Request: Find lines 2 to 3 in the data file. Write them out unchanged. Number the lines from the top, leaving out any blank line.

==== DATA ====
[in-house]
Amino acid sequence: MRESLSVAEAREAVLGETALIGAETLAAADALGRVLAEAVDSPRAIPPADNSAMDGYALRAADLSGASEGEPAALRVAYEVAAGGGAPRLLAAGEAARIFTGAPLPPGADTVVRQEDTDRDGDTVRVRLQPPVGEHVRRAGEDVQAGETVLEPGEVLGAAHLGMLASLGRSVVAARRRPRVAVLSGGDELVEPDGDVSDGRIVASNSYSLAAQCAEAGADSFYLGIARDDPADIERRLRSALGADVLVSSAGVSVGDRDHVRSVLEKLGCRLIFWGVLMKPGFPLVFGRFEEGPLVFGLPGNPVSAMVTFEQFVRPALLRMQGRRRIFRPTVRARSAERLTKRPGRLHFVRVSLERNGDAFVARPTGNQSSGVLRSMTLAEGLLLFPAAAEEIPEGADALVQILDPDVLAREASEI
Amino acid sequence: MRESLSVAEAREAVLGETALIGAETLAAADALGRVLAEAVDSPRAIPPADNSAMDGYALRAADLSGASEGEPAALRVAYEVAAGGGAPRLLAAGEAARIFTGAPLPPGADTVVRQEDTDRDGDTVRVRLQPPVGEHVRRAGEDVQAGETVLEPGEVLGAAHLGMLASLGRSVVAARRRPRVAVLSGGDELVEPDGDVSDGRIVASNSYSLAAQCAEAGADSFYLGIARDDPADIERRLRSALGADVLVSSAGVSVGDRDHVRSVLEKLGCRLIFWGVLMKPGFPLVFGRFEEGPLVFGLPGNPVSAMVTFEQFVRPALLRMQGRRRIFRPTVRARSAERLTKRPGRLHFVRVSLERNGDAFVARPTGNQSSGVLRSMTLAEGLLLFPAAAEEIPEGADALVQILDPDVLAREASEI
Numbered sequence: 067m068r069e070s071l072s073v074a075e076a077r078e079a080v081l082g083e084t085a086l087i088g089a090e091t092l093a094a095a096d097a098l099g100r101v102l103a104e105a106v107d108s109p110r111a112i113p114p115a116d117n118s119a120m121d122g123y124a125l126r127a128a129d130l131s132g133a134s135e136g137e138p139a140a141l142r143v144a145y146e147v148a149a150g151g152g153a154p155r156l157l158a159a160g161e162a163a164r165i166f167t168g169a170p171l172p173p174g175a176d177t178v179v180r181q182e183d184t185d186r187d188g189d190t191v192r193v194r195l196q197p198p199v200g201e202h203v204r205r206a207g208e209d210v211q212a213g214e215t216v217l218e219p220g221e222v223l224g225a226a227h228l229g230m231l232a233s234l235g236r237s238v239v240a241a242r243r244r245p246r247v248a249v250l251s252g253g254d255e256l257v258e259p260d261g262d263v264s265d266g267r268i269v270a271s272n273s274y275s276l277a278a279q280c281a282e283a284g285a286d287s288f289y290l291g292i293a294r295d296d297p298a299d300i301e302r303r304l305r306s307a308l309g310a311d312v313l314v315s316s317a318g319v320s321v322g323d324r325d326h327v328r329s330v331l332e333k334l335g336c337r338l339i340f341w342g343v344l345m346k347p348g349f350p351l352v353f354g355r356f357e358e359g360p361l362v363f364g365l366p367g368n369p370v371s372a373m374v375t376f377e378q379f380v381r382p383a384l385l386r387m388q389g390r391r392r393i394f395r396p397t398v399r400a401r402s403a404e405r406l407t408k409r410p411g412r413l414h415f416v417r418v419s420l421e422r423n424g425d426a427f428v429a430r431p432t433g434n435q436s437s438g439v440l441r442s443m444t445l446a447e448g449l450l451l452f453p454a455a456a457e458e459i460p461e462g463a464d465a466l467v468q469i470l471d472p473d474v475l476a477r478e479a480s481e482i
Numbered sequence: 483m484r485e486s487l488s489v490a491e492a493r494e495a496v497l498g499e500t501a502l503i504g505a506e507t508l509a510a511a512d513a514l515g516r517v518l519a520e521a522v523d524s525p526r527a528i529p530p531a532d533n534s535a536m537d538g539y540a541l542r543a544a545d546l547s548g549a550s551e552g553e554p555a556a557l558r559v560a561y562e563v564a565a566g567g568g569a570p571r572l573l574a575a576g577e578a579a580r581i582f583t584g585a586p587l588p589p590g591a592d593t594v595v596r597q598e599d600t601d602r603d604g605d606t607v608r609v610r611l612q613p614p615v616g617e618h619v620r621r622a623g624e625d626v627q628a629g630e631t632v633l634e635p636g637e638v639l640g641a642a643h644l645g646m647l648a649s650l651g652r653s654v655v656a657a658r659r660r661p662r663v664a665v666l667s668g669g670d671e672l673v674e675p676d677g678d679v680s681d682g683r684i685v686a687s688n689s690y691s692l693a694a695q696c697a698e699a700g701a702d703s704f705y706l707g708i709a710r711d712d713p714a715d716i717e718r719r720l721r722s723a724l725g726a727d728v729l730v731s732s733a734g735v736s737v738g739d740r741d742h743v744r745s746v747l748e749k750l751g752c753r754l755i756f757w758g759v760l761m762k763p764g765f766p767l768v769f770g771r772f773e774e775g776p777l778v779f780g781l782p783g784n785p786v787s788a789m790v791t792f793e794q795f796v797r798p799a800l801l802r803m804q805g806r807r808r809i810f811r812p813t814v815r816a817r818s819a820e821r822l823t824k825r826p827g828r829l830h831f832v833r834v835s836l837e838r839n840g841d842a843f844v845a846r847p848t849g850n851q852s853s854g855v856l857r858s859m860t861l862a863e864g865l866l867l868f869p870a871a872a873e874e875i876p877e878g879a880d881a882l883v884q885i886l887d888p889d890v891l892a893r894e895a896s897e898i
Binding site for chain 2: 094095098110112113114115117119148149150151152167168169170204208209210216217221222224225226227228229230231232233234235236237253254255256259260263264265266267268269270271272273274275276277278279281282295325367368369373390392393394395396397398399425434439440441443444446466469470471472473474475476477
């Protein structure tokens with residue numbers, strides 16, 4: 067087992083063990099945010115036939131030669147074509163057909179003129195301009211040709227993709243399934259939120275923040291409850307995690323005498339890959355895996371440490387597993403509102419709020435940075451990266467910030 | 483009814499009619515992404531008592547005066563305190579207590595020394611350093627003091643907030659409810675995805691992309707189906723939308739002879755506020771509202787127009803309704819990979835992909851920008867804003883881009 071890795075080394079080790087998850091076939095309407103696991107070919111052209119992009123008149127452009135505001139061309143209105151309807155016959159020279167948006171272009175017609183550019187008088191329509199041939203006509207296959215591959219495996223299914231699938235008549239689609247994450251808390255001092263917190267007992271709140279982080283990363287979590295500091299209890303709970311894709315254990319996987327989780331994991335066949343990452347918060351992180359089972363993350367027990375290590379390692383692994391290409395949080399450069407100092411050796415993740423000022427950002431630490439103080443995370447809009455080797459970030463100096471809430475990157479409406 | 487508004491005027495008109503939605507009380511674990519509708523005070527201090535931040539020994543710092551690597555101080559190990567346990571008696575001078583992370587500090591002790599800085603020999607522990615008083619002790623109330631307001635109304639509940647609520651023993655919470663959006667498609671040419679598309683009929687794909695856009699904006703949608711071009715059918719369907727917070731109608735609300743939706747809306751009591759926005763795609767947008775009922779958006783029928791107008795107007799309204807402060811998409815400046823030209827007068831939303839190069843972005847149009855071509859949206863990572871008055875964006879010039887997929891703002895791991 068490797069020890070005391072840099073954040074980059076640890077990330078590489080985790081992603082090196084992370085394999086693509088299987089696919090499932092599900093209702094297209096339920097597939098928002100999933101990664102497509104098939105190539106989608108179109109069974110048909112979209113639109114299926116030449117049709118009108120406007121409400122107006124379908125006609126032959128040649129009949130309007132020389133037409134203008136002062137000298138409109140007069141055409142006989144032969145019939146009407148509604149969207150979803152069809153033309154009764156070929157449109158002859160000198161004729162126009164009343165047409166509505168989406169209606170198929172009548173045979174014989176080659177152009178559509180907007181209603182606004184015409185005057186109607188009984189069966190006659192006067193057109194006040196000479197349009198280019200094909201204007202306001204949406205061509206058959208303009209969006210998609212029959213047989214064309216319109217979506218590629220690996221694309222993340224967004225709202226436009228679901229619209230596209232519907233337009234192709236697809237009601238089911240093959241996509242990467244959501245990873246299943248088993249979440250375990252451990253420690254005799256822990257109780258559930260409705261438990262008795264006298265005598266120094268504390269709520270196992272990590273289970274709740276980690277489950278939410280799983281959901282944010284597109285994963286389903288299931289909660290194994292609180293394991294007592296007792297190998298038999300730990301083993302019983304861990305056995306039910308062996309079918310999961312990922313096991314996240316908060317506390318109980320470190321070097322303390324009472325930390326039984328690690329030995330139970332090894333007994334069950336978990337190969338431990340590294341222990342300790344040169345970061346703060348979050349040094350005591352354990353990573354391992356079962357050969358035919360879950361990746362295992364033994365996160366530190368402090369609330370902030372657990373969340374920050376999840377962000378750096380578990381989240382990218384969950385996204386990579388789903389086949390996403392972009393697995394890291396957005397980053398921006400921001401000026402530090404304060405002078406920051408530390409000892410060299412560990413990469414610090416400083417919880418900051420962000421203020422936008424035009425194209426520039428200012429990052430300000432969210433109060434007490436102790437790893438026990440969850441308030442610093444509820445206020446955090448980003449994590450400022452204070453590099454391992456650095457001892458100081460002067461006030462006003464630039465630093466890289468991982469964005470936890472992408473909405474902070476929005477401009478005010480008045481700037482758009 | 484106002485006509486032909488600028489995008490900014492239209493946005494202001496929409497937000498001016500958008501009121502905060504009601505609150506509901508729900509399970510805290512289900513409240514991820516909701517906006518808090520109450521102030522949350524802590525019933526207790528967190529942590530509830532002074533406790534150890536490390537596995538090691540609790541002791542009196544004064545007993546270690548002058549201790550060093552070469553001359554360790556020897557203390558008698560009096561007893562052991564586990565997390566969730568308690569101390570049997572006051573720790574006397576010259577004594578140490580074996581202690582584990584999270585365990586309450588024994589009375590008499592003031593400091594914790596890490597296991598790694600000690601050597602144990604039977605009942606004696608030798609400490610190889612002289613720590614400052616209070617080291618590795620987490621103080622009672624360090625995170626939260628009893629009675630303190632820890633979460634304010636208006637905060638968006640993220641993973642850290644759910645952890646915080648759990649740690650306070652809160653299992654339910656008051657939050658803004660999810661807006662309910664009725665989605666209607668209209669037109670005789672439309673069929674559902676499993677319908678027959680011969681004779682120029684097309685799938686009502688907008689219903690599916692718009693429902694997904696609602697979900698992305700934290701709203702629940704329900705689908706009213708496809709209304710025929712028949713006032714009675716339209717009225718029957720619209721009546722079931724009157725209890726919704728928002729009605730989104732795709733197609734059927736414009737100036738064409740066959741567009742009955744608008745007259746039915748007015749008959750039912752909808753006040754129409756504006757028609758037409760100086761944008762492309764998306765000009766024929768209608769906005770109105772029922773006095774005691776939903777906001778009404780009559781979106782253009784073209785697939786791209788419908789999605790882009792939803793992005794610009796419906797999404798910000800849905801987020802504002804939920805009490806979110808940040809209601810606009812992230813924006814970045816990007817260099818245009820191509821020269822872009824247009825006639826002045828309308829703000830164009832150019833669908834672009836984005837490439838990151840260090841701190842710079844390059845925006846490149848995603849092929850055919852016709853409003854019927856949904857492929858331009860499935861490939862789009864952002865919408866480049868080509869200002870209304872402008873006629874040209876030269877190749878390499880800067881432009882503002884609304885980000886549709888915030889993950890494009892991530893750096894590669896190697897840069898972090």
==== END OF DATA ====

Amino acid sequence: MRESLSVAEAREAVLGETALIGAETLAAADALGRVLAEAVDSPRAIPPADNSAMDGYALRAADLSGASEGEPAALRVAYEVAAGGGAPRLLAAGEAARIFTGAPLPPGADTVVRQEDTDRDGDTVRVRLQPPVGEHVRRAGEDVQAGETVLEPGEVLGAAHLGMLASLGRSVVAARRRPRVAVLSGGDELVEPDGDVSDGRIVASNSYSLAAQCAEAGADSFYLGIARDDPADIERRLRSALGADVLVSSAGVSVGDRDHVRSVLEKLGCRLIFWGVLMKPGFPLVFGRFEEGPLVFGLPGNPVSAMVTFEQFVRPALLRMQGRRRIFRPTVRARSAERLTKRPGRLHFVRVSLERNGDAFVARPTGNQSSGVLRSMTLAEGLLLFPAAAEEIPEGADALVQILDPDVLAREASEI
Amino acid sequence: MRESLSVAEAREAVLGETALIGAETLAAADALGRVLAEAVDSPRAIPPADNSAMDGYALRAADLSGASEGEPAALRVAYEVAAGGGAPRLLAAGEAARIFTGAPLPPGADTVVRQEDTDRDGDTVRVRLQPPVGEHVRRAGEDVQAGETVLEPGEVLGAAHLGMLASLGRSVVAARRRPRVAVLSGGDELVEPDGDVSDGRIVASNSYSLAAQCAEAGADSFYLGIARDDPADIERRLRSALGADVLVSSAGVSVGDRDHVRSVLEKLGCRLIFWGVLMKPGFPLVFGRFEEGPLVFGLPGNPVSAMVTFEQFVRPALLRMQGRRRIFRPTVRARSAERLTKRPGRLHFVRVSLERNGDAFVARPTGNQSSGVLRSMTLAEGLLLFPAAAEEIPEGADALVQILDPDVLAREASEI